Cornell University's College of Veterinary Medicine has opened a DNA bank through its Department of Clinical Sciences to advance study of the genetic basis for diseases in many species.
Clinicians at the Cornell University Hospital for Animals will take blood samples, with owners' written permission, from the thousands of animals they identify with genetic diseases each year. Technicians will then isolate the DNA, catalog it, and freeze it for storage.
The DNA bank will help scientists improve the diagnosis and treatment of various diseases, develop tests for inheritable diseases, and possibly create new drugs. The bank will also be helpful for studying combinations of genes that contribute to disease susceptibility.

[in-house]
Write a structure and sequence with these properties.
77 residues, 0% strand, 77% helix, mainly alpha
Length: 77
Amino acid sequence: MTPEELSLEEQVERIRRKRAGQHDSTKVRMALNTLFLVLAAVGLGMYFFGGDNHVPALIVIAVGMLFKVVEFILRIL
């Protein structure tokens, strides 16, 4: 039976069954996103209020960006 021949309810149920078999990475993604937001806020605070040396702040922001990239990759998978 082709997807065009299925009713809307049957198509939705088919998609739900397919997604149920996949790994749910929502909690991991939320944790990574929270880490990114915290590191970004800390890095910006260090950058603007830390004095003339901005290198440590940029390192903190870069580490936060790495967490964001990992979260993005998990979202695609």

The DNA bank's focus is diseases of dogs. But the archive will represent all species the hospital treats—including cats, horses, cattle, sheep, exotic animals, wild animals, and zoo animals. To date, blood samples have been collected from animals with various diseases, including lymphoma, hepatic disease, bleeding disorders, behavioral problems, orthopedic diseases, endocrinopathies, and cardiac disease.
Cornell's Center for Vertebrate Genomics and Baker Institute for Animal Health are also providing funding for the project.